While not so shown in Fig. 2, in practice, cover walls 24 abut edges 20 so as to be in substantial alignment with flanges 11.
While the invention that has been illustrated and described is now regarded as the preferred embodiment, the construction is of course, subject to modification without departing from the spirit and scope of the invention. It is, therefore, not desired to restrict the invention to the particular form of construction illustrated and described, but to cover all modifications that may fall within the scope of the appended claims.
Having thus described the invention, what I claim and desire to secure by Letters Patent is:
1. In a corner stud having an elongated sheet metal stud element bent into a rectangular shape having a longitudinal corner opening, spaced transverse plates fixed in said element, each said plate having three notches to form a serrated wedge-lock member approximating an outline of a letter M, with two corners of said M pointing toward said corner opening to define two lobes, and an Velongated sheet metalelement spanning said corner opening and formed .to have an .nn- Shaped crosssection Substantially tting and forming a mating engagement with said wedge-lock member.
2. VA corner stud .comprising a pxeouned sheet-metal member, said member comprising a vhollow column having, in pant, a generally rectangular gross-section, ,said sheet-metal .defining four walls of 4said column, ,two adjacent inner-walls ,of said column having .outwardly bent portions `eforrning 1a :longitudinal corner opening extending through the length of said column, spaced transverse pilates mounted -within said column, each plate having two substantially V- shaped ,lobes pointing inthe ,direction of ,said longitudinal corner opening and having an M-,shaped outline, and .a ,sheet-metal cover :member closing said opening, said cover having a cross-section corresponding to the M-shaped outline of said lobes and forming a :tensioned mating engagement with vsaid lobes and with :said inner walls `at the bent portions of said inner walls.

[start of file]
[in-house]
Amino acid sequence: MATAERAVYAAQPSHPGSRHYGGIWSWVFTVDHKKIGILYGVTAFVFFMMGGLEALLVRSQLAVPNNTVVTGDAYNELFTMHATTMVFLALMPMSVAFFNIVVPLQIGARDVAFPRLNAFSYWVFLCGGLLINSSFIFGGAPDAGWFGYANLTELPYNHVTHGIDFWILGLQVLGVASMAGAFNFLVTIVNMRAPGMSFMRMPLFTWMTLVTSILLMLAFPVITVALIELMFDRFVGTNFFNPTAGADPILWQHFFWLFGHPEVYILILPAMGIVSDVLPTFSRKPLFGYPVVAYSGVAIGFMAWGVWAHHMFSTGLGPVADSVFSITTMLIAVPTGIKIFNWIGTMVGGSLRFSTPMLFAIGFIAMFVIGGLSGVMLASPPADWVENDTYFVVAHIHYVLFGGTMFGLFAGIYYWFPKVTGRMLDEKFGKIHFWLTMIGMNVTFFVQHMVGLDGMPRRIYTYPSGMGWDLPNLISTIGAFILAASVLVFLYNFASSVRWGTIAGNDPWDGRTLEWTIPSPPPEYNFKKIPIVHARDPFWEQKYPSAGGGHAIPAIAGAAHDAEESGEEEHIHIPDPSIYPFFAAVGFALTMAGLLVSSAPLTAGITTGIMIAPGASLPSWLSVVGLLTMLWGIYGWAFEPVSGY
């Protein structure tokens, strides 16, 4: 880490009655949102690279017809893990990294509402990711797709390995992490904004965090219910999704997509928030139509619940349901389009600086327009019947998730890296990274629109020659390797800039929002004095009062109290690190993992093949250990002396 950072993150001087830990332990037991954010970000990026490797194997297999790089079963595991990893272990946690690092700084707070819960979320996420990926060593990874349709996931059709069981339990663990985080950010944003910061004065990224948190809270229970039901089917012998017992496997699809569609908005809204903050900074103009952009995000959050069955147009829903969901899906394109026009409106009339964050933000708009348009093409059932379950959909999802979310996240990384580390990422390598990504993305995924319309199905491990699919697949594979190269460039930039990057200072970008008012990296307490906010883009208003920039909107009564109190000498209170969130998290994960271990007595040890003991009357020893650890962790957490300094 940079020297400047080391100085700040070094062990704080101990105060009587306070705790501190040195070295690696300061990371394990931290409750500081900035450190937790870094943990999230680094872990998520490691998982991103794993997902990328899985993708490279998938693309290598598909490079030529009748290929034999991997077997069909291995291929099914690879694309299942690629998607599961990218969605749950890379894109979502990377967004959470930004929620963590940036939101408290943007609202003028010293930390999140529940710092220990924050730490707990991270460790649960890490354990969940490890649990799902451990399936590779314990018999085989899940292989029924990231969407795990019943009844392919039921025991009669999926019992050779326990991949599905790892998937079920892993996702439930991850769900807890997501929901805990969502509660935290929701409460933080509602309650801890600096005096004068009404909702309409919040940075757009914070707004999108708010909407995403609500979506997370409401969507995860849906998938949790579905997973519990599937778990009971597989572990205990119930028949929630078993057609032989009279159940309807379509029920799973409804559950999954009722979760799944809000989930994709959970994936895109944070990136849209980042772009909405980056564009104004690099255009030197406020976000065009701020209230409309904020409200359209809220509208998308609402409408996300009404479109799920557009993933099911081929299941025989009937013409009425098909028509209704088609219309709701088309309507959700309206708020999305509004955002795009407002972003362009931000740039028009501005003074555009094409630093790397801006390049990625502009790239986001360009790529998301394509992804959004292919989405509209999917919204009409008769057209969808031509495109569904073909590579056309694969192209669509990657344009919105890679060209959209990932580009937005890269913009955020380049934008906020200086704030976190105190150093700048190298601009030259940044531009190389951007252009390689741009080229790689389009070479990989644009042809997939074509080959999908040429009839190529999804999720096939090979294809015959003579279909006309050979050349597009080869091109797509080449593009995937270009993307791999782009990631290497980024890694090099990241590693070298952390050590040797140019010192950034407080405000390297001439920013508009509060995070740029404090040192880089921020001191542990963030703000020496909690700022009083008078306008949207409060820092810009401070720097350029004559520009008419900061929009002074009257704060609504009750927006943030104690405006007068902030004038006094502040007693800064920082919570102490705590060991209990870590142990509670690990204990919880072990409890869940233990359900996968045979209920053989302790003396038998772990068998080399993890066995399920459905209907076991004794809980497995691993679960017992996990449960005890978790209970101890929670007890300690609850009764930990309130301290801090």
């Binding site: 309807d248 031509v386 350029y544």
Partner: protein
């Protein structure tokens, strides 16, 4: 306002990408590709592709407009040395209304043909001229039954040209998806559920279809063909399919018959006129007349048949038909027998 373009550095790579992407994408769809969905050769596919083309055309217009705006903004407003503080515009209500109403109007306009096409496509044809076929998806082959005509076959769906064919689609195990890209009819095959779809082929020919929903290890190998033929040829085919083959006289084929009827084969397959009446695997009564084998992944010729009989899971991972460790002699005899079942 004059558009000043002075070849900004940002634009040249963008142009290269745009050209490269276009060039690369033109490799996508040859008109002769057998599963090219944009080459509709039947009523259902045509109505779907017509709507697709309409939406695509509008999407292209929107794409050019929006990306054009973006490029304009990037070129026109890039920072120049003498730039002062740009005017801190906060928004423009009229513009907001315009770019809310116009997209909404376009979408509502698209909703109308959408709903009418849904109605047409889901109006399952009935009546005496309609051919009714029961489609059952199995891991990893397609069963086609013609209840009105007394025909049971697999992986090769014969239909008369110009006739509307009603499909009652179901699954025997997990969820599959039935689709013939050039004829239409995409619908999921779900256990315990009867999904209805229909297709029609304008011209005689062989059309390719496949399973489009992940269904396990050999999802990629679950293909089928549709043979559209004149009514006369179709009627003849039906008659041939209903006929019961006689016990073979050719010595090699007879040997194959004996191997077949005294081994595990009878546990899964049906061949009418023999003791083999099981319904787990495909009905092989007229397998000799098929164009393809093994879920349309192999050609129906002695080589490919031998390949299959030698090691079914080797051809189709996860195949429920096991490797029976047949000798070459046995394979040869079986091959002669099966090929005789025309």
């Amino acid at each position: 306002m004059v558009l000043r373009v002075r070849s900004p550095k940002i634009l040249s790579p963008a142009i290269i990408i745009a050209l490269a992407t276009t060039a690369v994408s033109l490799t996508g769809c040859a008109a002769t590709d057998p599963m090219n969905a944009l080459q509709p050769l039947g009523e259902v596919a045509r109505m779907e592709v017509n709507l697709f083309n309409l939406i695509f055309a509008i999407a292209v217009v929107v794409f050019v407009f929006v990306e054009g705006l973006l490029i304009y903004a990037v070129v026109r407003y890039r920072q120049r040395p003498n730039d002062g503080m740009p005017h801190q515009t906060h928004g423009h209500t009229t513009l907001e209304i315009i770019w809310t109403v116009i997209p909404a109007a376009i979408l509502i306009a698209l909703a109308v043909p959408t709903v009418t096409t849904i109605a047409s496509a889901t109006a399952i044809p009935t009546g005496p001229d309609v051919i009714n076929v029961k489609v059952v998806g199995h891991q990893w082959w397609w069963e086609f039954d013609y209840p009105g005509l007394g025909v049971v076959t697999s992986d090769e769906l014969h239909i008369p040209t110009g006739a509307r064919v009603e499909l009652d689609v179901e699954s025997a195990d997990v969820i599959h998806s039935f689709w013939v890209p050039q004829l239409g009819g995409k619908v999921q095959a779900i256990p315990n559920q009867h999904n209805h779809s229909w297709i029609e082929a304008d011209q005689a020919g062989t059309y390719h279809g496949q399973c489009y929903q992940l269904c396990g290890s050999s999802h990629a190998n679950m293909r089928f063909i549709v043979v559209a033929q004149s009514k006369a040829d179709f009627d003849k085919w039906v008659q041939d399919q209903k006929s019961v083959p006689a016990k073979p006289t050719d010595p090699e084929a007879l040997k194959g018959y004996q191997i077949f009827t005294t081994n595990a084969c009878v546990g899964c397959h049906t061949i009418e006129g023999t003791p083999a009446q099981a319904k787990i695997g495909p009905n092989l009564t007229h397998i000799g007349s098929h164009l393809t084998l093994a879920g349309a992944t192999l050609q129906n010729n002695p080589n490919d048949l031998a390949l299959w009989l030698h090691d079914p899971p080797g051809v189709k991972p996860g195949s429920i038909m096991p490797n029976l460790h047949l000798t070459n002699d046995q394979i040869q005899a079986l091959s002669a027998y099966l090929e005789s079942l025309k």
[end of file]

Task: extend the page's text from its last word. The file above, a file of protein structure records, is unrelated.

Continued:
3. .A corner stud ,comprising va preformed sheet-metal member, said member comprising a hollow column havfing, in part, a .generally rectangular ,cross-section, said ysheet-.metal defining four wallsofsaid column, two outer adjacent walls of said column meeting each other :to form lan o uter .corner of said column, and two inner adjacent walls of said column having portions of their respective wallwidths bent outwardly to form two rectangular I=1anges extending through the length of said column and forming a corner opening along the inner corner of Said column, spaced transverse .Plates mounted Within said column, each plate having two substantially V-shaped lobes pointing in the direction of said longitudinal corner opening and having an M-shaped outline, and a sheetmetal cover member closing said opening, said cover having a cross-section corresponding to the M-shaped outline of said lobes and forming a tensioned mating engagement with -said lobes and with `said inner walls at the bent portions of said inner walls.
4. A corner stud as deiined in claim 3, in which said two V-shaped lobes are positioned at an angle with respect to each other in a plane of said plate, said lobes having outer edges converging toward the outer corner of said column, and said cover having Yits wall portions, engaging said outer edges, bent inwardly for increasing tile tensioned mating engagement with said lobes.
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|International Classification||E04C3/30, E04C3/32|